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10 minutes ago, DougieB said:

I think you're right that past pairings of Taylor and Burton were used as reference points; so often Williams was the imitated, but here he became the imitator. The most troublesome visual reference would be from The VIP's, because Liz is, as you said, supposed to be "older, lonelier, more desperate" (and, specifically, sicker), yet she appears in all her jet-set finery, without much hint other than those bloody handkerchiefs and occasional injections that she's about to meet her maker. Liz was capable of deglamming (ie: Virginia Woolf), so it's all the more disappointing that she not only didn't in BOOM but went so determinedly in the other direction (that disco ball headpiece), undermining the credibility of the whole enterprise. Overall, I'm a fan, but Elizabeth often went the "My fans want to see me in jewels and gowns" route that other movie divas have fallen victim to and that look wasn't appropriate in every situation. In The Sandpiper as an off-the-grid artist and in The Only Game in Town as a "working girl" chorus dancer she appeared professionally coiffed, made up, and costumed, instantly making her less than credible in what were intended to be "serious" roles. It showed that Liz wasn't really interested in falling in line with new trends and standards in filmmaking which began to emerge in the 1960's and BOOM is an example of that. Maybe it was part of Williams' point that not even the ultraglamorous are spared the inevitability of death, but the visuals seemed to me to be too often at odds with the script.

Taylor's glamour in the film doesn't really throw me. As you said, the point could have been that an ultra-glamorous woman still had to face death.

As good as Taylor's acting is, I actually think this film would have been better with Vivien Leigh in it. Unfortunately Leigh had died a year earlier. Leigh had tuberculosis in real life, and she probably would have played it more truthfully. Plus, since the storyline seems to be linked to THE ROMAN SPRING OF MRS. STONE, having Leigh play the lead role would have been logical.

I really wanted some flashbacks in this movie. I wanted to see glimpses of Sissy Goforth's earlier escapades. And I especially wanted to see the scene where Burton's angel of death had drowned the old man in Baja. Williams' writing is often rich with imagery, but having these images remain stuck in the dialogue, without showing us visually some of these representations, keeps it stage bound and not as cinematic as it could be.

As for earlier films, the arthouse feel to BOOM links it to REFLECTIONS IN A GOLDEN EYE. Where there's all this sexual tension and an irreverent way of looking at a couple in distress.

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So many films probably would have been better with Vivien Leigh in them. Plus it seems as though she had a special affinity for Williams' material. Liz was really good in Suddenly Last Summer but the really "Williamsy" characters were Sebastian's mother and aunt, not so much Cathy. I think Margaret Leighton originated the role of Sissy on stage and someone of her caliber might have been better, though she wasn't much of a (movie) marquee name. 

I agree that backstory-through-dialogue, which is fairly standard in theater, isn't as satisfying on film, where there are so many narrative alternatives. BOOM moves around from room to room and patio to patio, but it never really loses that set-bound feel, as you stated.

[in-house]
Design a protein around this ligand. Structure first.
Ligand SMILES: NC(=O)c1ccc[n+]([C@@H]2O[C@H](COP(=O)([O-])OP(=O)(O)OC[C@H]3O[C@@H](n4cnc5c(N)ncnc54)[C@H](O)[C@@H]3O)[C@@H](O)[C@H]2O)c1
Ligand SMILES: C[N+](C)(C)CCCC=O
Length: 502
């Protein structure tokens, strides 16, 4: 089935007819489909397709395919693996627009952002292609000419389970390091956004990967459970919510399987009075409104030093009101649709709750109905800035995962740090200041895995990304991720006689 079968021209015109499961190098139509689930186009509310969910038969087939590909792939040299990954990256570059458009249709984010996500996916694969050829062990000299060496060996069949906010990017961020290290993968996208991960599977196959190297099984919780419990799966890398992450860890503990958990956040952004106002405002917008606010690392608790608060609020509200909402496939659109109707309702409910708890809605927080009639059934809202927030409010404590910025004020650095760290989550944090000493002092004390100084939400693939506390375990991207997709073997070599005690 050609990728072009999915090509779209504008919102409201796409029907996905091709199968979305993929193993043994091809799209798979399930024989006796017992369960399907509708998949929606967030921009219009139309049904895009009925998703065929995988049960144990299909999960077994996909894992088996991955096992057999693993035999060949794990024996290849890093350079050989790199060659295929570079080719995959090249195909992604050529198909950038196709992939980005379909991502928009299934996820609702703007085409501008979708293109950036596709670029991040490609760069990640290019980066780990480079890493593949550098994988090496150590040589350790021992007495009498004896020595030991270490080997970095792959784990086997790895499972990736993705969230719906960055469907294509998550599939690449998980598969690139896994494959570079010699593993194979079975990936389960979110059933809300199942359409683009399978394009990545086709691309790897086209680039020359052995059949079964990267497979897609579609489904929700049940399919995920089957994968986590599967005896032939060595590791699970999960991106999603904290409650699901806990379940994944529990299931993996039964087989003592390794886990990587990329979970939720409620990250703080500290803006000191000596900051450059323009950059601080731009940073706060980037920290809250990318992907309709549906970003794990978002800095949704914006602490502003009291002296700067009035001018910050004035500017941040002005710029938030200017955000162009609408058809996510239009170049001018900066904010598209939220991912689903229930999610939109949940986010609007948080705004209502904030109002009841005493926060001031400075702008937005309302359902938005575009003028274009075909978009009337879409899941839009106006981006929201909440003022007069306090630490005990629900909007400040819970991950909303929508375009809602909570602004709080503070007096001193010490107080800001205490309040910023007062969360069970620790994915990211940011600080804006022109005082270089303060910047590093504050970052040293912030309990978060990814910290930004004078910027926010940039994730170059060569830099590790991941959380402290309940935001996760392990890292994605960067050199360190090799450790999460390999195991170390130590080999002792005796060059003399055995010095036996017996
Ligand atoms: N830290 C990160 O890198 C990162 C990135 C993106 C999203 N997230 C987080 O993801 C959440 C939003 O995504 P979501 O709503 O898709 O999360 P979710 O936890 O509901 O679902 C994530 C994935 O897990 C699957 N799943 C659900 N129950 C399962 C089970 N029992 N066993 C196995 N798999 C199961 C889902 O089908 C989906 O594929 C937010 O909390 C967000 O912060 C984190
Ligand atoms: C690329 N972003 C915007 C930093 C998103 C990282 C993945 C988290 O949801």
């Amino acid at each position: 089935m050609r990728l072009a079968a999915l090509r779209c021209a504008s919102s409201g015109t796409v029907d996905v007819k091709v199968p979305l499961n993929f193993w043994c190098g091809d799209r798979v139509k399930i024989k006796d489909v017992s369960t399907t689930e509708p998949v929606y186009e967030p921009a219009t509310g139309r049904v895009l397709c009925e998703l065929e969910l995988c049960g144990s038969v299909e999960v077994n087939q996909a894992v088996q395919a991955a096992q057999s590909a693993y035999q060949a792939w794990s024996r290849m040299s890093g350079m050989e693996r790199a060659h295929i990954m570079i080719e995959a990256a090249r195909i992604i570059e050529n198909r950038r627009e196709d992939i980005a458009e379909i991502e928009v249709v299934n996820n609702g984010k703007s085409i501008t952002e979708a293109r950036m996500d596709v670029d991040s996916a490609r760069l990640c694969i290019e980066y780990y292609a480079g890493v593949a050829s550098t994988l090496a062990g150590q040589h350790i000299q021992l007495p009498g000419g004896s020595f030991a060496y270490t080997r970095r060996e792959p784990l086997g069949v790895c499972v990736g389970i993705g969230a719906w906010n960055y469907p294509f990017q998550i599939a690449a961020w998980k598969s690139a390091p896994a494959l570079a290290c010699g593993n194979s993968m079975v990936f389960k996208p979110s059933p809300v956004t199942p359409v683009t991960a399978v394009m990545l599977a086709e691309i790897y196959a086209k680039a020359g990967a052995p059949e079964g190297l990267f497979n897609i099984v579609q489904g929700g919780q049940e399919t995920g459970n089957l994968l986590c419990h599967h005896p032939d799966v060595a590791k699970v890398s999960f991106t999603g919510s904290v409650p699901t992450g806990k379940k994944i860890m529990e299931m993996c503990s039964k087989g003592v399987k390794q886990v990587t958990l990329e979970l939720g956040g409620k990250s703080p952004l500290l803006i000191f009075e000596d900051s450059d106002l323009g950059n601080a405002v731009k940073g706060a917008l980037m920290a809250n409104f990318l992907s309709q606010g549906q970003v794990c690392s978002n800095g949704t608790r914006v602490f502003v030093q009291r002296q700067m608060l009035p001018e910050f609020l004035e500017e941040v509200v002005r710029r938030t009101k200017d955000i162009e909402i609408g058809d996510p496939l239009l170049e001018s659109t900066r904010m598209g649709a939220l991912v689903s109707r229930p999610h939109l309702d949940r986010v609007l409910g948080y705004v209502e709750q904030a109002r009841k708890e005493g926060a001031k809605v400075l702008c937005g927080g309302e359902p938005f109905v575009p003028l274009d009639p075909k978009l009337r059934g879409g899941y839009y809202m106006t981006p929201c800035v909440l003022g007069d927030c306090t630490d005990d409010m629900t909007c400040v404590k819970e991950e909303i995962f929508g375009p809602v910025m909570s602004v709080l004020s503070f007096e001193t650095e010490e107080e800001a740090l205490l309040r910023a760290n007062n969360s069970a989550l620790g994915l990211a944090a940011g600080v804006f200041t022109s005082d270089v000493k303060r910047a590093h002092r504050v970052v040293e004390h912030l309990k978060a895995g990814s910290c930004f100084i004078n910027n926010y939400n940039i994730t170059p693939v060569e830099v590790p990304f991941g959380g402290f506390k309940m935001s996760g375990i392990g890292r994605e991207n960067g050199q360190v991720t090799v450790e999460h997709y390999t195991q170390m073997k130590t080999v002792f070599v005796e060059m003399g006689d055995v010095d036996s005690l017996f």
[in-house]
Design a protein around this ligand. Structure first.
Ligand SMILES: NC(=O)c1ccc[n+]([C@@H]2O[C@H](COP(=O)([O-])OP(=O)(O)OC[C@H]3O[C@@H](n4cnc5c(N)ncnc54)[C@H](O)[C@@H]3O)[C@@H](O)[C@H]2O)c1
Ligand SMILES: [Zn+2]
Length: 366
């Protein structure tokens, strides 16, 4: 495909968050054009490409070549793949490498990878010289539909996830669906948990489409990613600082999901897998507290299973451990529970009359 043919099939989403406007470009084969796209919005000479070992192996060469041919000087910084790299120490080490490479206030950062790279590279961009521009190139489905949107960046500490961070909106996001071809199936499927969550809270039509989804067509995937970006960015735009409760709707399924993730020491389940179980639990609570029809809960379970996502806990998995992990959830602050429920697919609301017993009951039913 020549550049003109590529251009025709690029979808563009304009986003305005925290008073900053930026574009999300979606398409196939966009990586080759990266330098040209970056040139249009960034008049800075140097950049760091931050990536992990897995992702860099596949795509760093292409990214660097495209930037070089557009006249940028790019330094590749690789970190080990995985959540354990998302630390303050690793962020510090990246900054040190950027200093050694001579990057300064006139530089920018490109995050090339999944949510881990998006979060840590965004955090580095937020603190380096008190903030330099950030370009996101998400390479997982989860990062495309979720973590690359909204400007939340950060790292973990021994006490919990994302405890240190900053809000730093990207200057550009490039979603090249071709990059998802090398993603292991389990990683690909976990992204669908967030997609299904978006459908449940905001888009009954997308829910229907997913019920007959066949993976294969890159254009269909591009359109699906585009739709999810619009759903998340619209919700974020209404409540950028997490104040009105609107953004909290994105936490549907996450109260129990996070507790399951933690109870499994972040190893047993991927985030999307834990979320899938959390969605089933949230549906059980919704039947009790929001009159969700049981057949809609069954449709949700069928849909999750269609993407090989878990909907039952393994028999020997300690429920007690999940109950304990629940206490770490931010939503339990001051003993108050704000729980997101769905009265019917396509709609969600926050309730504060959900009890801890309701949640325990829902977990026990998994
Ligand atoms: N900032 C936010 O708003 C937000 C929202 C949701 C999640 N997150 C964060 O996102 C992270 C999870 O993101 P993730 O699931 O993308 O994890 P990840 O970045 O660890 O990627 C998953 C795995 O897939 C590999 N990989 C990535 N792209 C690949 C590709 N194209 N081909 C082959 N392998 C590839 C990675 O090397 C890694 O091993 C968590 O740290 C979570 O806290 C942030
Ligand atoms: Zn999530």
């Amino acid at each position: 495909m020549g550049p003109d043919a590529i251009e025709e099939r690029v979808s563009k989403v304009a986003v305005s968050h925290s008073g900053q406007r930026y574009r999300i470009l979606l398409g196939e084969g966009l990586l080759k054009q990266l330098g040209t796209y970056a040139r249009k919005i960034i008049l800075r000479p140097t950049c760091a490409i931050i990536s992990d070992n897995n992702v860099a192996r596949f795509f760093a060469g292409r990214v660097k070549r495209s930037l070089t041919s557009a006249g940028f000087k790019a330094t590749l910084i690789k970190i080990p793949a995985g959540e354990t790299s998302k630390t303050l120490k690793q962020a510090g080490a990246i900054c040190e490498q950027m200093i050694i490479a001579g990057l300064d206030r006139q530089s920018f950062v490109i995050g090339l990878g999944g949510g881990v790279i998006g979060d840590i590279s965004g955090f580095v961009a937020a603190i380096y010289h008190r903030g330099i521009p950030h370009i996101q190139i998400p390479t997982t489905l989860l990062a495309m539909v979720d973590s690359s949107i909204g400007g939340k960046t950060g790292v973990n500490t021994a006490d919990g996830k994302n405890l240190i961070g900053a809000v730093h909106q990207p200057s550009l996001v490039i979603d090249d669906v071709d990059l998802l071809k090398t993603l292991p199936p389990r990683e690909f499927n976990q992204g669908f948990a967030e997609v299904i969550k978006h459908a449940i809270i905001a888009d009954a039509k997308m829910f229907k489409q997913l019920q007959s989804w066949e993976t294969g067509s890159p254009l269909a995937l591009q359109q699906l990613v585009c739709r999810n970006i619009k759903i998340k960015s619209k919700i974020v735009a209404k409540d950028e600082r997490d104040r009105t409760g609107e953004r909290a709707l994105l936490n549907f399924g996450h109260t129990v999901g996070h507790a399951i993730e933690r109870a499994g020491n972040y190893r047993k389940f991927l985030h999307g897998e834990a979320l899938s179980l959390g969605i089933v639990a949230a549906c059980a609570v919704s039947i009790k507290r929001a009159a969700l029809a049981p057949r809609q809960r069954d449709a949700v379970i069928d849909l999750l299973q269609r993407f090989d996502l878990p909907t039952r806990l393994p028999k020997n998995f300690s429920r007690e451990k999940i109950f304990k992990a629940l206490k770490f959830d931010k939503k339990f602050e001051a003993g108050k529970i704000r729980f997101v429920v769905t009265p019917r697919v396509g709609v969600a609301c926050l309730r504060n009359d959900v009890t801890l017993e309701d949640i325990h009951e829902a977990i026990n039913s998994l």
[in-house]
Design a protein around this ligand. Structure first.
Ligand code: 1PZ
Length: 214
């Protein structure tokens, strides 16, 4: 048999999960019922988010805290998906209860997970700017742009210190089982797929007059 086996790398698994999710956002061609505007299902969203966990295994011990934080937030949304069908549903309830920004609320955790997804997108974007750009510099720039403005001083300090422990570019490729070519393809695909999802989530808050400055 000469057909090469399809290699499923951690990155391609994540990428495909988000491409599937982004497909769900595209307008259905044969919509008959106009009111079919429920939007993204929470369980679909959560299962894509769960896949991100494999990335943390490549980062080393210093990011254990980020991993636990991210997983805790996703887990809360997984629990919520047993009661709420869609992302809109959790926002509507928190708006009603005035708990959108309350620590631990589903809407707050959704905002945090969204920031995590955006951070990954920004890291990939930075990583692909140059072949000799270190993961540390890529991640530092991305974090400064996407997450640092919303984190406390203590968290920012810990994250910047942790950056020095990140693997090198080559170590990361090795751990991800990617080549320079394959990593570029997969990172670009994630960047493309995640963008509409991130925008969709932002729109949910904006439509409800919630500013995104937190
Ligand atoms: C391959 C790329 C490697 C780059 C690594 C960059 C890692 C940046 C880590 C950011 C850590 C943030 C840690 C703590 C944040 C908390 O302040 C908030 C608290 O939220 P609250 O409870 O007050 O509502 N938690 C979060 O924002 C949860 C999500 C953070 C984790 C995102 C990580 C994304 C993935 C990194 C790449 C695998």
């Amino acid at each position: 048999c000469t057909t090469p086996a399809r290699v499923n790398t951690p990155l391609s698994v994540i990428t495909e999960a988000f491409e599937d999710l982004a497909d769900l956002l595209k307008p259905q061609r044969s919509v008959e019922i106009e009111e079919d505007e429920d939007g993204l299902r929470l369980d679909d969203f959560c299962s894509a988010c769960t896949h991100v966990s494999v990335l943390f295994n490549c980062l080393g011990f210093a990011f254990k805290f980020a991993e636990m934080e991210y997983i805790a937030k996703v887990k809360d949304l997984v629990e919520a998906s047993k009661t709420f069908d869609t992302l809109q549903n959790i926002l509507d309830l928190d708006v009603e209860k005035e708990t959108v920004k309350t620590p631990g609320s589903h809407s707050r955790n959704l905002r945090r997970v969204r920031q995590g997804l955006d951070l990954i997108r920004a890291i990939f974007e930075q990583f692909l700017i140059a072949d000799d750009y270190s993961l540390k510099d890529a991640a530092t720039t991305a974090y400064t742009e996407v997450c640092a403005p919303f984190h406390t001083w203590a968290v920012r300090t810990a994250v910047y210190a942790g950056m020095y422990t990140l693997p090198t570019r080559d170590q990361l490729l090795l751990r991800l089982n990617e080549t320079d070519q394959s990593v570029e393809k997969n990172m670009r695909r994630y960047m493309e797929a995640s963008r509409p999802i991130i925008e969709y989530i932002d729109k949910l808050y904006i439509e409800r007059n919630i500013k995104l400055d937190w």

Definitely an arthouse film, as you said. Very high concept. You're so right that the irreverence links it to Reflections in a Golden Eye. That's one of Liz' de-glammed roles that I hadn't thought of, in which she proved beyond a doubt she could survive without all the designer duds and jewelry.

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28 minutes ago, DougieB said:

So many films probably would have been better with Vivien Leigh in them. Plus it seems as though she had a special affinity for Williams' material. Liz was really good in Suddenly Last Summer but the really "Williamsy" characters were Sebastian's mother and aunt, not so much Cathy. I think Margaret Leighton originated the role of Sissy on stage and someone of her caliber might have been better, though she wasn't much of a (movie) marquee name. 

I agree that backstory-through-dialogue, which is fairly standard in theater, isn't as satisfying on film, where there are so many narrative alternatives. BOOM moves around from room to room and patio to patio, but it never really loses that set-bound feel, as you stated.

Definitely an arthouse film, as you said. Very high concept. You're so right that the irreverence links it to Reflections in a Golden Eye. That's one of Liz' de-glammed roles that I hadn't thought of, in which she proved beyond a doubt she could survive without all the designer duds and jewelry.

I looked up the play (The Milk Train Doesn't Stop Here Anymore) on the Internet Broadway Database. The first production ran for 69 performances in early 1963, with Hermione Baddeley playing Sissy, which seems like an odd bit of casting. Paul Roebling played the angel of death. Then Williams revised it. He added a framing device involving stage manager characters (which was dropped for the screenplay). 

The second production occurred in early 1964 and only ran 5 performances, with Tallulah Bankhead as Sissy and Tab Hunter as the angel of death. Bankhead received terrible notices and it was the last time she appeared on Broadway.

My ideal casting for it (stage and film) would have been Vivien Leigh and Michael Parks. I also think Ingrid Bergman would have been a good choice-- she would have honed in on the Camille-like aspects of Sissy's illness and done a fine job.

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15 hours ago, TopBilled said:

I looked up the play (The Milk Train Doesn't Stop Here Anymore) on the Internet Broadway Database. The first production ran for 69 performances in early 1963, with Hermione Baddeley playing Sissy, which seems like an odd bit of casting. Paul Roebling played the angel of death. Then Williams revised it. He added a framing device involving stage manager characters (which was dropped for the screenplay).